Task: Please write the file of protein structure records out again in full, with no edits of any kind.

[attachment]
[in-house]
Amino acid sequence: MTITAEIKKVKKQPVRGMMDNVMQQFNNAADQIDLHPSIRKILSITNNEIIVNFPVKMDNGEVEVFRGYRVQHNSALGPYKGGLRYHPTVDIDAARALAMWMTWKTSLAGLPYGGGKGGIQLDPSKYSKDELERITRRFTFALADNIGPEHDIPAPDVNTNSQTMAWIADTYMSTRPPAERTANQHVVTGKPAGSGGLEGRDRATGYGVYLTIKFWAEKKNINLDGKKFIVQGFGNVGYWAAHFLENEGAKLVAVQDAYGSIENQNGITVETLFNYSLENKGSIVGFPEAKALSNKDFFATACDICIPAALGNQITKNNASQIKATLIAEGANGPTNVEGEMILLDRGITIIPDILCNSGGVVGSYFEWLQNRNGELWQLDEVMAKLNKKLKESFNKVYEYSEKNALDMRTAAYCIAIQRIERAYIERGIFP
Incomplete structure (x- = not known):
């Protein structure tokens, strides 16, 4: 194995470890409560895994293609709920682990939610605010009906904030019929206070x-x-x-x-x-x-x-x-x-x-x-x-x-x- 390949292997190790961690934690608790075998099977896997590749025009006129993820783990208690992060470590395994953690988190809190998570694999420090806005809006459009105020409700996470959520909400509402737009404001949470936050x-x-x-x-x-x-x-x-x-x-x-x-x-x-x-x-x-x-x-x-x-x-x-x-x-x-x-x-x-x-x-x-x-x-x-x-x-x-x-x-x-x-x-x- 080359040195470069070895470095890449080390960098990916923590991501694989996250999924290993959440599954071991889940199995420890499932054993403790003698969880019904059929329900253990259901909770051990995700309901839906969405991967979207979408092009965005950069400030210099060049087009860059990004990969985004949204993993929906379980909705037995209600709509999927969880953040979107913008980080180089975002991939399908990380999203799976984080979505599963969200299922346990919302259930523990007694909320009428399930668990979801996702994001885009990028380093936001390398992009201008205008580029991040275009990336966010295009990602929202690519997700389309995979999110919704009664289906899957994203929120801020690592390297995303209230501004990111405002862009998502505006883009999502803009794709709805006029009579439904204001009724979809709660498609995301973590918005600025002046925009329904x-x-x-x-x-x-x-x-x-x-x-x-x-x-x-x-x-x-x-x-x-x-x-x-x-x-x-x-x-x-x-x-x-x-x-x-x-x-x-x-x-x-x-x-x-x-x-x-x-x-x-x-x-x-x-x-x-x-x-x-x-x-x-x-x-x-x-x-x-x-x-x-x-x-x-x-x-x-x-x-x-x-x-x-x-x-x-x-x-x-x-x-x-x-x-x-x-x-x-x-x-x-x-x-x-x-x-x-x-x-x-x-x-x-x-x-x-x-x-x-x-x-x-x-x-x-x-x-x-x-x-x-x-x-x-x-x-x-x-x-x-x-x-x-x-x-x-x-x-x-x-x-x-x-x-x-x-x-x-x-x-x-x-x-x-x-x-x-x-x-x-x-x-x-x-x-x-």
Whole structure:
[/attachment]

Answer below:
[in-house]
Amino acid sequence: MTITAEIKKVKKQPVRGMMDNVMQQFNNAADQIDLHPSIRKILSITNNEIIVNFPVKMDNGEVEVFRGYRVQHNSALGPYKGGLRYHPTVDIDAARALAMWMTWKTSLAGLPYGGGKGGIQLDPSKYSKDELERITRRFTFALADNIGPEHDIPAPDVNTNSQTMAWIADTYMSTRPPAERTANQHVVTGKPAGSGGLEGRDRATGYGVYLTIKFWAEKKNINLDGKKFIVQGFGNVGYWAAHFLENEGAKLVAVQDAYGSIENQNGITVETLFNYSLENKGSIVGFPEAKALSNKDFFATACDICIPAALGNQITKNNASQIKATLIAEGANGPTNVEGEMILLDRGITIIPDILCNSGGVVGSYFEWLQNRNGELWQLDEVMAKLNKKLKESFNKVYEYSEKNALDMRTAAYCIAIQRIERAYIERGIFP
Incomplete structure (x- = not known):
């Protein structure tokens, strides 16, 4: 194995470890409560895994293609709920682990939610605010009906904030019929206070x-x-x-x-x-x-x-x-x-x-x-x-x-x- 390949292997190790961690934690608790075998099977896997590749025009006129993820783990208690992060470590395994953690988190809190998570694999420090806005809006459009105020409700996470959520909400509402737009404001949470936050x-x-x-x-x-x-x-x-x-x-x-x-x-x-x-x-x-x-x-x-x-x-x-x-x-x-x-x-x-x-x-x-x-x-x-x-x-x-x-x-x-x-x-x- 080359040195470069070895470095890449080390960098990916923590991501694989996250999924290993959440599954071991889940199995420890499932054993403790003698969880019904059929329900253990259901909770051990995700309901839906969405991967979207979408092009965005950069400030210099060049087009860059990004990969985004949204993993929906379980909705037995209600709509999927969880953040979107913008980080180089975002991939399908990380999203799976984080979505599963969200299922346990919302259930523990007694909320009428399930668990979801996702994001885009990028380093936001390398992009201008205008580029991040275009990336966010295009990602929202690519997700389309995979999110919704009664289906899957994203929120801020690592390297995303209230501004990111405002862009998502505006883009999502803009794709709805006029009579439904204001009724979809709660498609995301973590918005600025002046925009329904x-x-x-x-x-x-x-x-x-x-x-x-x-x-x-x-x-x-x-x-x-x-x-x-x-x-x-x-x-x-x-x-x-x-x-x-x-x-x-x-x-x-x-x-x-x-x-x-x-x-x-x-x-x-x-x-x-x-x-x-x-x-x-x-x-x-x-x-x-x-x-x-x-x-x-x-x-x-x-x-x-x-x-x-x-x-x-x-x-x-x-x-x-x-x-x-x-x-x-x-x-x-x-x-x-x-x-x-x-x-x-x-x-x-x-x-x-x-x-x-x-x-x-x-x-x-x-x-x-x-x-x-x-x-x-x-x-x-x-x-x-x-x-x-x-x-x-x-x-x-x-x-x-x-x-x-x-x-x-x-x-x-x-x-x-x-x-x-x-x-x-x-x-x-x-x-x-």
Whole structure: